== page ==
Traditional Chinese medicine has been used to treat diseases, many effective components of traditional Chinese medicine are produced with strong biological activity after metabolism of intestinal flora and playing a therapeutic role [9, 10]. Puerarin, iso-flavone and other ingredients contained in Huangta, Pueraria and Douchi are commonly found in many prescriptions and health products. In vitro studies have shown that puerarin and iso-flavone can be metabolized into more effective daidzein and maorui iso-flavone by bacteria in the intestinal tract, which has a strong therapeutic effect [11]. The intestinal flora is closely related to the medicine and food taken cut contact [12,13,14]. The composition of traditional Chinese medicine is complex [15]. The intestinal flora in the body plays a vital role in the treatment of traditional Chinese medicine entering the body, and its corresponding effective components to maintain the balance of the number of intestinal flora in the body. Traditional Chinese medicines, such as rhubarb, thenardite, etc. contain irritating ingredients, which can inhibit the resident some bacteria in the gut. Xie et al. [16] found that Rhizoma Coptidis and berberine can significantly reduce the proportion of Firmicutes and Bacteroidetes in feces of high fat diet (HFD) mice in the total number of bacteria.

In the current treatment of diseases, traditional Chinese medicine has the advantages of small adverse reactions, no dependence and so on, which has gradually been accepted by the world. For functional constipation, colitis and other diseases, the use of traditional Chinese medicine has often achieve good results. Therefore, the demand for traditional Chinese medicine is increasing. Hence, the present study objective was mosapride used as a positive control, and diphenoxylate, a commonly used anti abdominal cathartic, combined with the qi stagnation and constipation rats caused by tail entrapment. In addition, self-developed traditional Chinese medicine decoction on constipation was used as the research object to explore the efficacy and the relationship between its efficacy and intestinal flora, to reveal its micro ecological mechanism of action. The development of the efficacy and function of traditional Chinese medicine provides certain theoretical basis to treatment of the disease.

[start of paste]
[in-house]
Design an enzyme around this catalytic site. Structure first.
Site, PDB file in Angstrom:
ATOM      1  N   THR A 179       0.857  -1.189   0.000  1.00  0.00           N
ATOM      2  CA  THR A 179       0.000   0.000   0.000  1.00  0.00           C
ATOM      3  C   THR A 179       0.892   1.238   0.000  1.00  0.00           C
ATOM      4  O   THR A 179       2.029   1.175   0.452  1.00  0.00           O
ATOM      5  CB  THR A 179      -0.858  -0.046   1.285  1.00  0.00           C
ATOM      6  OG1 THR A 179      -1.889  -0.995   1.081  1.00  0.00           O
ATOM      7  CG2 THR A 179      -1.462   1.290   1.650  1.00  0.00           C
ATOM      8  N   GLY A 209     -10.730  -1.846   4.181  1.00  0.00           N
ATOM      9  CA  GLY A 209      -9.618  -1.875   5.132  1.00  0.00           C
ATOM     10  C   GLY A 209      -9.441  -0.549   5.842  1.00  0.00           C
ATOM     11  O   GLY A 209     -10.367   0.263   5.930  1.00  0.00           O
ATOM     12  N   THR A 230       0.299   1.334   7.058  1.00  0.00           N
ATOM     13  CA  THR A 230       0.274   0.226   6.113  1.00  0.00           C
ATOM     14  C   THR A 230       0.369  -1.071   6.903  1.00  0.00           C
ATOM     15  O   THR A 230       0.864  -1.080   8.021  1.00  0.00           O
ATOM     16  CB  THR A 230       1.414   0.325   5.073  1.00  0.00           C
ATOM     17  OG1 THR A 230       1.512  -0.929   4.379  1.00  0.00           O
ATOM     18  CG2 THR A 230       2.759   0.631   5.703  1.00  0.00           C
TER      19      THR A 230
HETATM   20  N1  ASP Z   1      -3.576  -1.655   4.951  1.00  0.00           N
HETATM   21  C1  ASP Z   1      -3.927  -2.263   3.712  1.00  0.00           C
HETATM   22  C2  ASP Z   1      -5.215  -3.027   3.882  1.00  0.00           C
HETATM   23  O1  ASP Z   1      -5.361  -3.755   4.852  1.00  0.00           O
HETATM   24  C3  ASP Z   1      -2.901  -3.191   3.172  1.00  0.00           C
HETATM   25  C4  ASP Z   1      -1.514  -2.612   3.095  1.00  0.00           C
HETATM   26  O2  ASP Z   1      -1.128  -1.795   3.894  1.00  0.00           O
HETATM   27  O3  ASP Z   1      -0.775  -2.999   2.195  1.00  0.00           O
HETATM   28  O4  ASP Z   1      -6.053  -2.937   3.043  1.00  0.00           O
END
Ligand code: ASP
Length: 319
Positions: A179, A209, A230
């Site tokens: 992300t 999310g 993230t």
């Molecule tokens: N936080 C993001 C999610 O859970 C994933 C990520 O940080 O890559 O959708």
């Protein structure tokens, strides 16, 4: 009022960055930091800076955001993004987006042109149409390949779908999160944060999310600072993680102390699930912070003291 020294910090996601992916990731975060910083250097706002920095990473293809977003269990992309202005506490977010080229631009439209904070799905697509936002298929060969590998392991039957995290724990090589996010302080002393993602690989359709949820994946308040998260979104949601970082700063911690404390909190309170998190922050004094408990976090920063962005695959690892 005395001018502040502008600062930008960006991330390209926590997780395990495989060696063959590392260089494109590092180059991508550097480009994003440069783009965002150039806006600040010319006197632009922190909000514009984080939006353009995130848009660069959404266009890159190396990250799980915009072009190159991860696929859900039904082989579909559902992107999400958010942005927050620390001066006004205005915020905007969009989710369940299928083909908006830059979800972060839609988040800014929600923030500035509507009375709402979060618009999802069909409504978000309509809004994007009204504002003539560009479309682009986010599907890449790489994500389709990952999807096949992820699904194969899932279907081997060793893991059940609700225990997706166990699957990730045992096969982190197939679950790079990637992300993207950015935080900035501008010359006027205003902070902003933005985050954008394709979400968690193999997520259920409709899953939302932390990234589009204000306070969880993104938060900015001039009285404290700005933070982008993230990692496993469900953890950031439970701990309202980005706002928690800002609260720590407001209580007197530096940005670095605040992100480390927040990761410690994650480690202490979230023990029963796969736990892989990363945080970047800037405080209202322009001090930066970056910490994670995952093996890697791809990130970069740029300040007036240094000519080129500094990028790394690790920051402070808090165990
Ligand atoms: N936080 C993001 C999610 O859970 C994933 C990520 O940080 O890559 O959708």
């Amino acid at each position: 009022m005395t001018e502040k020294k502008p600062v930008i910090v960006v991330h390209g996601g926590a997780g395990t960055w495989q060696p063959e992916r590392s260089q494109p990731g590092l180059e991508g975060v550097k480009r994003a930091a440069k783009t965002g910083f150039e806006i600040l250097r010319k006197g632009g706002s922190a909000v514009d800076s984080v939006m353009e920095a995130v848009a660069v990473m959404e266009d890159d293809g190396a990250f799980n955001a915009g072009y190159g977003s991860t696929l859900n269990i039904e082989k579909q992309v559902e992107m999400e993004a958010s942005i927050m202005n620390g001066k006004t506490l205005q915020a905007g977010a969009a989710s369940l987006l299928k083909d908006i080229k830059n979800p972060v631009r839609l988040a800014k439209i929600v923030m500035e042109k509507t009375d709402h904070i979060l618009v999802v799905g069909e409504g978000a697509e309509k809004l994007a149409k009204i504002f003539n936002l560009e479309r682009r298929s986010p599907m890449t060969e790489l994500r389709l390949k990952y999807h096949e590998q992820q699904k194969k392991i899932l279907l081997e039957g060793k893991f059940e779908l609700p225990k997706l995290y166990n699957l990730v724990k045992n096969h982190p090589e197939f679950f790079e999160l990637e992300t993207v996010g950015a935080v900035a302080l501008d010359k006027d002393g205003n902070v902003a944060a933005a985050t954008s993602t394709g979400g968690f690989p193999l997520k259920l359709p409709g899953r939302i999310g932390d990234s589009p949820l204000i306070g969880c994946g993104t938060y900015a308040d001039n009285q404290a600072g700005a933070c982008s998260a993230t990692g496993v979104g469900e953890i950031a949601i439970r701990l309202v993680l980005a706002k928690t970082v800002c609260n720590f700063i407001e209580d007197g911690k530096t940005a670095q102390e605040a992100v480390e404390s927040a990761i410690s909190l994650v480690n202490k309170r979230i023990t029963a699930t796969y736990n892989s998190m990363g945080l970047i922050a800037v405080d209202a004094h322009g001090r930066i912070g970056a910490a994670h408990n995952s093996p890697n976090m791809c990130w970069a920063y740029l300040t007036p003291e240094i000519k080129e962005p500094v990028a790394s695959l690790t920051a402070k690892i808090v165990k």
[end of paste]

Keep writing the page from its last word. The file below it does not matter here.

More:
Materials and methods

Animals and ethics statement

The Specific pathogen free (SPF) Wistar rats, male, were used for experiment purposes with body weight 110 ± 10 g. All animal tests were conducted in accordance with the NIH Publication No. 80-23 and approved by Fujian University of traditional Chinese medicine.

Preparation of Chinese medicine

The traditional Chinese medicine “Li Qi Run Chang Fang” was prepared by the pharmacy of the second people’s Hospital Affiliated to Fujian University of traditional Chinese medicine. Drug composition: Magnolia officinalis 100 g, Fructus aurantii 100 g, hemp seed 150 g, plum seed 100 g, Fructus Trichosanthis 150 g, fried semen Raphani 100 g, bupleurum 90 g, paeony 120 g, tangerine peel 90 g, and mirabilite 30 g. When cooking, add eight times of water to soak for 0.5 h, then cook three times, the first, second and third time were 1.5 h, 1 h and 0.5 h, respectively, combine the supernatant and filter. The filtrate was concentrated to 500 ml under reduced pressure at 60–70 °C, and the concentration of the solution is 2.06 g/ml, which was sterilized and repacked, and stored in refrigerator at 4 °C.